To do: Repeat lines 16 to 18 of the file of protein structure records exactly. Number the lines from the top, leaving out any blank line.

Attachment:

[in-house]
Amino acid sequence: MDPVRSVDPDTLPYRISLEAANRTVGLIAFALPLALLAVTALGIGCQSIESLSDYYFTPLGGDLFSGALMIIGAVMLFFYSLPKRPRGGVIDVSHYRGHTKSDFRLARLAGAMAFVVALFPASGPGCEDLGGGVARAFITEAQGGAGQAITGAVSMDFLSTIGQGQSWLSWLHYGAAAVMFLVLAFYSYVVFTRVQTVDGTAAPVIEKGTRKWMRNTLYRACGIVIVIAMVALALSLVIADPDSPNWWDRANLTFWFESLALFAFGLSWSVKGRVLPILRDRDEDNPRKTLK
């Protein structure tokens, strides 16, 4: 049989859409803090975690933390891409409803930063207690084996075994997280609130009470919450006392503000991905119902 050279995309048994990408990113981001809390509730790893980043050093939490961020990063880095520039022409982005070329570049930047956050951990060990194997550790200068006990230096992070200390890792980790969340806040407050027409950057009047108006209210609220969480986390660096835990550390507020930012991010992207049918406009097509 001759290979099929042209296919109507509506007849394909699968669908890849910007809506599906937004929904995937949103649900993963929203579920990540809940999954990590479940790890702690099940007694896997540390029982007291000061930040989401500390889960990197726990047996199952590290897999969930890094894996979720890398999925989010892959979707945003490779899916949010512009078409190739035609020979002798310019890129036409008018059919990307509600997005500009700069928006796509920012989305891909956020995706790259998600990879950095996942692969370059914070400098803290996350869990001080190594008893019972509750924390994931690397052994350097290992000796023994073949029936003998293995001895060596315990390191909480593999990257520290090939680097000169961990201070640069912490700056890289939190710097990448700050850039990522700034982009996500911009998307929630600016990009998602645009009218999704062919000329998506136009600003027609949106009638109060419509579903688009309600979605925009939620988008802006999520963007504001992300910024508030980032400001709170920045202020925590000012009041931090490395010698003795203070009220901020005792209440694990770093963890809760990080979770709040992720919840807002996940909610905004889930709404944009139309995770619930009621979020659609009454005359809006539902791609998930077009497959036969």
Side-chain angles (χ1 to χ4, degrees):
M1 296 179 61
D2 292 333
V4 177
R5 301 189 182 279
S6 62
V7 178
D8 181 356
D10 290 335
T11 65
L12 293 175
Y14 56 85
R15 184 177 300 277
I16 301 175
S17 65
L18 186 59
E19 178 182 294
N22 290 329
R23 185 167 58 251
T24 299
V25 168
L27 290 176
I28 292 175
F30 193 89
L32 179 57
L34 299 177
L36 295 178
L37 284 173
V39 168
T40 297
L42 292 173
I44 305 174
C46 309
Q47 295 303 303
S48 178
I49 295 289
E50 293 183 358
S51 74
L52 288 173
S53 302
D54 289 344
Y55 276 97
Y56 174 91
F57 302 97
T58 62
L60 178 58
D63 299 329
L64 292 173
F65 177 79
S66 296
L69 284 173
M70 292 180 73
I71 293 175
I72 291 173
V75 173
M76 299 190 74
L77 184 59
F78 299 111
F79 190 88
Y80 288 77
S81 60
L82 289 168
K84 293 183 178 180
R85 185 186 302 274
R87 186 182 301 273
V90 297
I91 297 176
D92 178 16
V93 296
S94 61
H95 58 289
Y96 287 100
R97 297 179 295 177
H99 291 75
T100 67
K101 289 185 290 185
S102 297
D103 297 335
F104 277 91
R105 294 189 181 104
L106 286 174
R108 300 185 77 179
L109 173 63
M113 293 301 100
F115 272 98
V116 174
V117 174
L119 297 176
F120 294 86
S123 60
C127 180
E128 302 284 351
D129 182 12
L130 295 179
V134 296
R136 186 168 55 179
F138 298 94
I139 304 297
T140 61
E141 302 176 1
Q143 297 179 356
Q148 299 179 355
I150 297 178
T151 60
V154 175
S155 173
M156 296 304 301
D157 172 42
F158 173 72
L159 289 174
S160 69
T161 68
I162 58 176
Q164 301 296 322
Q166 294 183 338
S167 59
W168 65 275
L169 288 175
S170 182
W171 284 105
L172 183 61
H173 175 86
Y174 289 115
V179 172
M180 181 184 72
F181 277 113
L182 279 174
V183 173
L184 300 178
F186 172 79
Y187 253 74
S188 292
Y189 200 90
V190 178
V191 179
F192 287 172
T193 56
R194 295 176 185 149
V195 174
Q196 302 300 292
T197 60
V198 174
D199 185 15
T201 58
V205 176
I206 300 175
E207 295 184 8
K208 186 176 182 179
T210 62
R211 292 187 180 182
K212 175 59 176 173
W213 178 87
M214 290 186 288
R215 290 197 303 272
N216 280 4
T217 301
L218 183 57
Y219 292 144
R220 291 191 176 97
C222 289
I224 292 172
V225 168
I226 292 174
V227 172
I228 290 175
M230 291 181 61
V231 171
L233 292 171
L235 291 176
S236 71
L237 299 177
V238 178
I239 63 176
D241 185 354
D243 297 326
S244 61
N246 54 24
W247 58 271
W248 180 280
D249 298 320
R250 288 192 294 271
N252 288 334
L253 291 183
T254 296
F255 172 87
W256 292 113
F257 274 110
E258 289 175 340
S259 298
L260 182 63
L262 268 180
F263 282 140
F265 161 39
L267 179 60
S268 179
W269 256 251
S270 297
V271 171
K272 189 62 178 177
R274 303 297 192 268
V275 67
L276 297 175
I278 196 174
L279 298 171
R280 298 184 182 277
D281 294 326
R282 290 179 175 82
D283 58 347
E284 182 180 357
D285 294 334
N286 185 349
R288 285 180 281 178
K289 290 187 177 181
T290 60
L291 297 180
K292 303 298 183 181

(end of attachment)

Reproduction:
R15 184 177 300 277
I16 301 175
S17 65